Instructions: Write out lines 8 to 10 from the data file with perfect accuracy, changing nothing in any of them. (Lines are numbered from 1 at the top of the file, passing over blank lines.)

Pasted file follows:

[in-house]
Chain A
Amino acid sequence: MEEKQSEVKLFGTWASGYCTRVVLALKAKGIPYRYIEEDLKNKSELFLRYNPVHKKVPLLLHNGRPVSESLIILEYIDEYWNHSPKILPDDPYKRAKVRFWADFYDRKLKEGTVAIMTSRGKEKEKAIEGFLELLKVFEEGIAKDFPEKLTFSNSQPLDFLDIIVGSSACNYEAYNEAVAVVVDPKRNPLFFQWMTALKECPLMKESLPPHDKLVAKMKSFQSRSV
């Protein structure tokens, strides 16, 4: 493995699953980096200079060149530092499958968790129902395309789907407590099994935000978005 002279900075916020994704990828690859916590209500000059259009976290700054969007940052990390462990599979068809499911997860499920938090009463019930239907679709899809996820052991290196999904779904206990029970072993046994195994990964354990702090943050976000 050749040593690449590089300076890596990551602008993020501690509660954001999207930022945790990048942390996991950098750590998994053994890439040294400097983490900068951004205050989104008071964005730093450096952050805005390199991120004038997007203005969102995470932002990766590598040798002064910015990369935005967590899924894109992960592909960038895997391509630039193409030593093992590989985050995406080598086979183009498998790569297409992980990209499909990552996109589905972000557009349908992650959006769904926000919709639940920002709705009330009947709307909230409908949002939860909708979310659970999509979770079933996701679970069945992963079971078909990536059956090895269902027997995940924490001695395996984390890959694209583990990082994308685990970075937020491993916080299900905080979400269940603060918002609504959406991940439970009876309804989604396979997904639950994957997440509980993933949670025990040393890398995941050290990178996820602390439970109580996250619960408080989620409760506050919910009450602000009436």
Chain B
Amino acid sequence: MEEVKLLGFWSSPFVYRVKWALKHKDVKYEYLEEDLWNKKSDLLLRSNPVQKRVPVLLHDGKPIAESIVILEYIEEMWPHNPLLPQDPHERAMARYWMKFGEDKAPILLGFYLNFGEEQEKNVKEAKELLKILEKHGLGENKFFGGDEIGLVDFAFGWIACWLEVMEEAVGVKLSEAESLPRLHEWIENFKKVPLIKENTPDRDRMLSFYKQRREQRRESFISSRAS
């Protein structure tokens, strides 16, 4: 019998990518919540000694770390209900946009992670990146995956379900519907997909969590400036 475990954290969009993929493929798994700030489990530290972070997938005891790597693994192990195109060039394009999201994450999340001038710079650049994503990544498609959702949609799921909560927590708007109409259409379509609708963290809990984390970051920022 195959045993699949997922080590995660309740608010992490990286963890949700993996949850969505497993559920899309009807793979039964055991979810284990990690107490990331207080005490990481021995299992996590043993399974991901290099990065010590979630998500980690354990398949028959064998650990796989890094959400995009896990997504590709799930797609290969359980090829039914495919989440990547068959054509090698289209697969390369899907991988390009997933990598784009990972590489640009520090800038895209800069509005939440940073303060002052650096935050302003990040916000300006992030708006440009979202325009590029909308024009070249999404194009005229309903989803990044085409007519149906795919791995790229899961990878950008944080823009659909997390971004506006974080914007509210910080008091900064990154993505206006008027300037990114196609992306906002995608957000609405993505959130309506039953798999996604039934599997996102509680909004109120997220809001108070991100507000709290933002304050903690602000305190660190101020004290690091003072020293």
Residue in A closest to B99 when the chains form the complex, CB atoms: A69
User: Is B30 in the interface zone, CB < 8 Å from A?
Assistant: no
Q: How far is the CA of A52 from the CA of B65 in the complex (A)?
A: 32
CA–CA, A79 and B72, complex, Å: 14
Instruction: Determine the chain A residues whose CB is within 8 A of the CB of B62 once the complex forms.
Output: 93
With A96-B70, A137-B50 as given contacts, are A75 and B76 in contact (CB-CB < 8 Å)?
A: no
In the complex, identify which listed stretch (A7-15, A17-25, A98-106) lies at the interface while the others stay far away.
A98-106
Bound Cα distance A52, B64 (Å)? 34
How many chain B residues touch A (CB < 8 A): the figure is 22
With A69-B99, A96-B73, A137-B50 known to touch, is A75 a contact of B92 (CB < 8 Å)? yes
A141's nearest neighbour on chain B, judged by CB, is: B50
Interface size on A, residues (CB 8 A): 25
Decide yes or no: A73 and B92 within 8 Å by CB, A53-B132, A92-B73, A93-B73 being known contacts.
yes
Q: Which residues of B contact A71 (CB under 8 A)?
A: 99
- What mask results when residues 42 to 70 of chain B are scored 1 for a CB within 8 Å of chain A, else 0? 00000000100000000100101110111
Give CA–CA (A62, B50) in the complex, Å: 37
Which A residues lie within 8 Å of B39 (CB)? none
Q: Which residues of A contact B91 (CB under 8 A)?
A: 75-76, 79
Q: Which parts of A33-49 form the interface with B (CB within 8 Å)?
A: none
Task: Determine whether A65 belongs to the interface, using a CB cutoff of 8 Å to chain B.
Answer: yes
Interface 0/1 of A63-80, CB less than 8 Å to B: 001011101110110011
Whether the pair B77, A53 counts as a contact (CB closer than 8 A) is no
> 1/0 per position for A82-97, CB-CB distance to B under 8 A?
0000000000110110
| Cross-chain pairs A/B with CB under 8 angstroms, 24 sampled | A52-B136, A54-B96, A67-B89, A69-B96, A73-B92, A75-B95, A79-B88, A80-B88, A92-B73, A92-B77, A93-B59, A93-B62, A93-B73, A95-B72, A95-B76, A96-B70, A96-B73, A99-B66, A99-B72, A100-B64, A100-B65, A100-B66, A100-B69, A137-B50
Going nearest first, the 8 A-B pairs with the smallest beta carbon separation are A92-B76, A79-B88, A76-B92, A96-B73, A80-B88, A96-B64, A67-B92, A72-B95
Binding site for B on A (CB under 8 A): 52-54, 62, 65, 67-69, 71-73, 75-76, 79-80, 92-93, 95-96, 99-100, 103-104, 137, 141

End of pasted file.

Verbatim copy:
Residue in A closest to B99 when the chains form the complex, CB atoms: A69
User: Is B30 in the interface zone, CB < 8 Å from A?
Assistant: no